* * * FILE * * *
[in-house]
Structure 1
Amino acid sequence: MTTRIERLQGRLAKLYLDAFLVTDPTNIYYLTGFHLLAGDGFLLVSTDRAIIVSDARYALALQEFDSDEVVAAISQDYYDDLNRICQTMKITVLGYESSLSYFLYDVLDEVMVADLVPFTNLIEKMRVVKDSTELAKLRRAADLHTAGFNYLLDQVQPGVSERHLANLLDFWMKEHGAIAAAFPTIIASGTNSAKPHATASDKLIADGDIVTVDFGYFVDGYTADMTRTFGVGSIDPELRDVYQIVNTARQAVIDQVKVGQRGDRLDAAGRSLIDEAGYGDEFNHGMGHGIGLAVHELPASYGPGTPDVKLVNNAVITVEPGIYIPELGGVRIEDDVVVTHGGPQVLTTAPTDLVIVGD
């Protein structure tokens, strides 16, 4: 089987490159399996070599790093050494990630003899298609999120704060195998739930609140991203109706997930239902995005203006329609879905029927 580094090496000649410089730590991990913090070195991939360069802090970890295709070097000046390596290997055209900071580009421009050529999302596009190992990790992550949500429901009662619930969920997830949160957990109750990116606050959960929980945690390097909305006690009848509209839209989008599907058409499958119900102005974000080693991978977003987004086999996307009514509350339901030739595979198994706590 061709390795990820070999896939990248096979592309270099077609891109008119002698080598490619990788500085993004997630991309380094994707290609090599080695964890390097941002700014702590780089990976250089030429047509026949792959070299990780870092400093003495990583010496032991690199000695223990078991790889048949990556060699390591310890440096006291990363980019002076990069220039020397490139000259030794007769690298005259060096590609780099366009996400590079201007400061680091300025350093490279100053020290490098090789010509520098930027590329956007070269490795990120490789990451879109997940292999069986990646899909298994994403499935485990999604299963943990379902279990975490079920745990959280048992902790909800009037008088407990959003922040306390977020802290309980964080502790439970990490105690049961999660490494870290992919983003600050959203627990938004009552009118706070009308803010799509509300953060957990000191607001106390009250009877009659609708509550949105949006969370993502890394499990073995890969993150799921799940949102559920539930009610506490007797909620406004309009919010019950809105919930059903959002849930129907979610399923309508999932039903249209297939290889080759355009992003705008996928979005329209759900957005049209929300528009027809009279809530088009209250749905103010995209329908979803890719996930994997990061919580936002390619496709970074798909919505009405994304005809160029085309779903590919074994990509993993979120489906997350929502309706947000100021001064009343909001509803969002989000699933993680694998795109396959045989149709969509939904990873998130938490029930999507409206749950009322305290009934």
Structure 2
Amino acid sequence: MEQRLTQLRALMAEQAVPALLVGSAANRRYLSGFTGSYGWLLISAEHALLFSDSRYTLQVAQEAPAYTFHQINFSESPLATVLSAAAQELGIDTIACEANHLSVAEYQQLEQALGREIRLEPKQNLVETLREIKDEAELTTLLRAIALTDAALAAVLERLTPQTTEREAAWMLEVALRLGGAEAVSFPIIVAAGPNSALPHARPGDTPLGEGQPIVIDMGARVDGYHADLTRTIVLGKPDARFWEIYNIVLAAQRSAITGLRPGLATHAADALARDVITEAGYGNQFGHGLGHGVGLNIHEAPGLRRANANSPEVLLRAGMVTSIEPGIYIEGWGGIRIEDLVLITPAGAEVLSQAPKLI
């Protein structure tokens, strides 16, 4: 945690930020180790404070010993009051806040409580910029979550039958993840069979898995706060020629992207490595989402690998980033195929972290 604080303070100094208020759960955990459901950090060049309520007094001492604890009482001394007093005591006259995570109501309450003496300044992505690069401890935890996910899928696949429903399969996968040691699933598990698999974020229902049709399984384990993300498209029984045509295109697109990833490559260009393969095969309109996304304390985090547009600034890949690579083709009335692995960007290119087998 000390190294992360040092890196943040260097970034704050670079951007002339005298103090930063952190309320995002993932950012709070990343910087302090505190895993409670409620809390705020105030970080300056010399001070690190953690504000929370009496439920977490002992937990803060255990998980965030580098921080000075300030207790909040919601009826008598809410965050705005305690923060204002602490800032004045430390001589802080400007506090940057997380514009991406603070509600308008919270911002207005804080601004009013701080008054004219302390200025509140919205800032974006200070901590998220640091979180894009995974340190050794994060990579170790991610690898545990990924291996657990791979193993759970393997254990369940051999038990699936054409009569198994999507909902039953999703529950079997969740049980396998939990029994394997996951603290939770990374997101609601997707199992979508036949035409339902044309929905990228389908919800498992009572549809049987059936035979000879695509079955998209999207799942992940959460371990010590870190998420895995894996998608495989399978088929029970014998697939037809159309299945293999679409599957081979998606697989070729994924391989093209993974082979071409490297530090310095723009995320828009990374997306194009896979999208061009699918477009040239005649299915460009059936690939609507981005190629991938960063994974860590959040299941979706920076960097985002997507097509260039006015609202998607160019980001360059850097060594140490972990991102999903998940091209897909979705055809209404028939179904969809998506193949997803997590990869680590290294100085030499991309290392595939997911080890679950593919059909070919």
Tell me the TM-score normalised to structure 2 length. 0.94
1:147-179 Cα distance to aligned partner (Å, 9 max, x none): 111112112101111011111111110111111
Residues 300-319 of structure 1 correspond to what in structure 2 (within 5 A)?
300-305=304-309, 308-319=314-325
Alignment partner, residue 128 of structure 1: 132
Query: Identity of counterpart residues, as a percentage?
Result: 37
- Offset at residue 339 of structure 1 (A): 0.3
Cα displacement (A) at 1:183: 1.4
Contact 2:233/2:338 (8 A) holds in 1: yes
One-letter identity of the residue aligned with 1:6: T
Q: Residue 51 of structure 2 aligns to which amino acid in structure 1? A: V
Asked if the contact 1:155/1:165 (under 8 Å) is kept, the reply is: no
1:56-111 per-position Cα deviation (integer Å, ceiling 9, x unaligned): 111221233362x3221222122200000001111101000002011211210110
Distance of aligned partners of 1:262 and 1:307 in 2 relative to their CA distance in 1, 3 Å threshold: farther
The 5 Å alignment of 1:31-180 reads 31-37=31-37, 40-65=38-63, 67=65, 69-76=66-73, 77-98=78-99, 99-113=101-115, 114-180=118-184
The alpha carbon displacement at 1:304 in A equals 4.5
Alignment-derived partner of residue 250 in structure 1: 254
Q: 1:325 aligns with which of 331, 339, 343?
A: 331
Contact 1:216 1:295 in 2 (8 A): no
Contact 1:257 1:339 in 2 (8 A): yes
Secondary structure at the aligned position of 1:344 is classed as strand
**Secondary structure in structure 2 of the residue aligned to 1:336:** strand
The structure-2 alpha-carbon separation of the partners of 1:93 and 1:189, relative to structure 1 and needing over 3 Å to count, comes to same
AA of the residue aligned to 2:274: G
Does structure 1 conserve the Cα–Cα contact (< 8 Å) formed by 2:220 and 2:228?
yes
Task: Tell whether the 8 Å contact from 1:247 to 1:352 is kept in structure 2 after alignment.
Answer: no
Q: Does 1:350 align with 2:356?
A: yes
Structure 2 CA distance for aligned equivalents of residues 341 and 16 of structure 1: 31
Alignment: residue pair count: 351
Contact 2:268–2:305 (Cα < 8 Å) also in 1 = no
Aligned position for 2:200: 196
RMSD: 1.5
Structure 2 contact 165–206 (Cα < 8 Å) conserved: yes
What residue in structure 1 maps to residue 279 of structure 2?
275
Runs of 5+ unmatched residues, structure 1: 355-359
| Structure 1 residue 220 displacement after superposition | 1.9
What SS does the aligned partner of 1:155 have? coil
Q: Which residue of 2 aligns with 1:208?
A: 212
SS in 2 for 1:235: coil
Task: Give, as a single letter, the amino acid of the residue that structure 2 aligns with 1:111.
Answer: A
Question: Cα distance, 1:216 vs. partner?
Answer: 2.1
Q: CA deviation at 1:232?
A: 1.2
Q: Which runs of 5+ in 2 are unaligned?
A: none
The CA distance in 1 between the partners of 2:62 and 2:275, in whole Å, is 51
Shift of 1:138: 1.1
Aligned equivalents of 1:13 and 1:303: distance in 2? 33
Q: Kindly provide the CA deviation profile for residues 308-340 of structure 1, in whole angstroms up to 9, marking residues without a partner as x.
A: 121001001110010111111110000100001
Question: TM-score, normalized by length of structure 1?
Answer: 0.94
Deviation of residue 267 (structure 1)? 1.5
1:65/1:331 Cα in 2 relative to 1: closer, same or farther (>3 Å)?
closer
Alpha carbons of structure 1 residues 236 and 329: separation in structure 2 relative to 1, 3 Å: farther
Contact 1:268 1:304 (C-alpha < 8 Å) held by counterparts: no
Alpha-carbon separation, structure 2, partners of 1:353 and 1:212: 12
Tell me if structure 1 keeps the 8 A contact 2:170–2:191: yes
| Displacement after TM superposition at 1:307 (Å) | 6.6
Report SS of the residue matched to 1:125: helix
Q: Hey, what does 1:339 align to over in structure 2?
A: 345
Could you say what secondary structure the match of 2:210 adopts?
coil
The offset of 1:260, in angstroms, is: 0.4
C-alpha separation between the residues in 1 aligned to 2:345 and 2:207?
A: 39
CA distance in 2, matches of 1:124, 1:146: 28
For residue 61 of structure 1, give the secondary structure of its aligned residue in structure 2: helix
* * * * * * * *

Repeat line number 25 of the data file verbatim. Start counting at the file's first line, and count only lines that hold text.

Alignment-derived partner of residue 250 in structure 1: 254